I noticed this deer as I was leaving campus one evening. It appears that I startled it but I predict it was foraging in the grassy patch where I drove by before it noticed me approaching. The area was quiet with not a lot of activity going on so I assume the deer felt safe to forage under these conditions. This particular deer was travelling in a heard with three others nearby, whom were foraging as I passed. The deer's tail has a black tip which helped me distinguish it from a similar looking white-tailed deer. The particular size and shape of the ears also suggested it to be a mule deer. I suspect this deer to be a female doe since it was relatively smaller in the group yet large enough to not be a fawn.
As this deer was a doe, not a buck, antler shape couldn't be used to help identification. However, the animals large ears, and more importantly tail are sufficient to make the identification. The deer had a thin tail with a black tip, much different than the bushy white of a white-tail deer.
Species: O. hemionus
This deer was seen roaming the coulees surrounding the University of Lethbridge campus. It appeared to be quite calm around people (most likely due to the fact it lives in an area that is highly populated by humans). It was brown with a white tail that had a black tip (which helped to differentiate between a mule vs a whitetail deer).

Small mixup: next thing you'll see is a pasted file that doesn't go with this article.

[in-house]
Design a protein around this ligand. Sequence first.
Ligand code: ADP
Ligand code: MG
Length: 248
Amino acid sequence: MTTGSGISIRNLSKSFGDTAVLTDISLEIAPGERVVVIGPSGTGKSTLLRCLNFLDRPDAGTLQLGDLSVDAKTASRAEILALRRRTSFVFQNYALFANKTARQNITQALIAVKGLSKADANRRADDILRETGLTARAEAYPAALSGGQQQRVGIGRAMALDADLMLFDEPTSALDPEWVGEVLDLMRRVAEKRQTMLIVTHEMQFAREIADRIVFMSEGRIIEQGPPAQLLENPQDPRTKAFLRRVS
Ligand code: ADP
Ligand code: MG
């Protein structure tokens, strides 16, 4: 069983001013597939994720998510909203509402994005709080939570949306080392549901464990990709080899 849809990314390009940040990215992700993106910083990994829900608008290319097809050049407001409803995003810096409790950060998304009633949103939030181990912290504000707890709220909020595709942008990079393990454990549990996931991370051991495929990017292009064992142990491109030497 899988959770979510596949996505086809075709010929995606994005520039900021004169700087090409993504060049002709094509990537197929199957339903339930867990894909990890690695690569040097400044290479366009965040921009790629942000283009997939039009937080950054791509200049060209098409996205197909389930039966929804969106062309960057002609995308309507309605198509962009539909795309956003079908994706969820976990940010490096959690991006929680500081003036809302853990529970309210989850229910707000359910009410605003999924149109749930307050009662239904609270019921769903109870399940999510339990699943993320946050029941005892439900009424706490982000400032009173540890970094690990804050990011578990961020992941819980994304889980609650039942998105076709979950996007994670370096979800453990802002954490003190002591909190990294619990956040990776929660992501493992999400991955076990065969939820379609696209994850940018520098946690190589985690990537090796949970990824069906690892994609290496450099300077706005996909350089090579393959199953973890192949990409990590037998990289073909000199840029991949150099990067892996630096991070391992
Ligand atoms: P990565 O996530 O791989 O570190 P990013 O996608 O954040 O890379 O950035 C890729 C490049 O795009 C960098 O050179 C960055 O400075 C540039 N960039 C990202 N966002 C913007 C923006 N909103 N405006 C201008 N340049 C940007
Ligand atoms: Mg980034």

Found just outside of Markin Hall. The deer seems unfazed by the human activity as it is in a very populated area. It has large mule like ears and a black tipped tail, these details help to distinguish it from a white tailed deer. Lack of antlers suggest this mule deer is a female, and the visible rib cage shows that this deer may be under nourished.
The black tip on tail identifies this deer as a mule deer. Its scientific name is odocoileus hemionus. It is named for its ears, which are large like those of the mule.
The mule deer (Odocoileus hemionus) is a deer indigenous to western North America; it is named for its ears, which are large like those of the mule. There are believed to be several subspecies, including the black-tailed deer. However, some genetic studies have indicated that mule deer may have developed relatively recently through the interbreeding of white-tailed and black-tailed deer, which may have evolved from white-tailed deer thousands of years ago. Unlike the related white-tailed deer...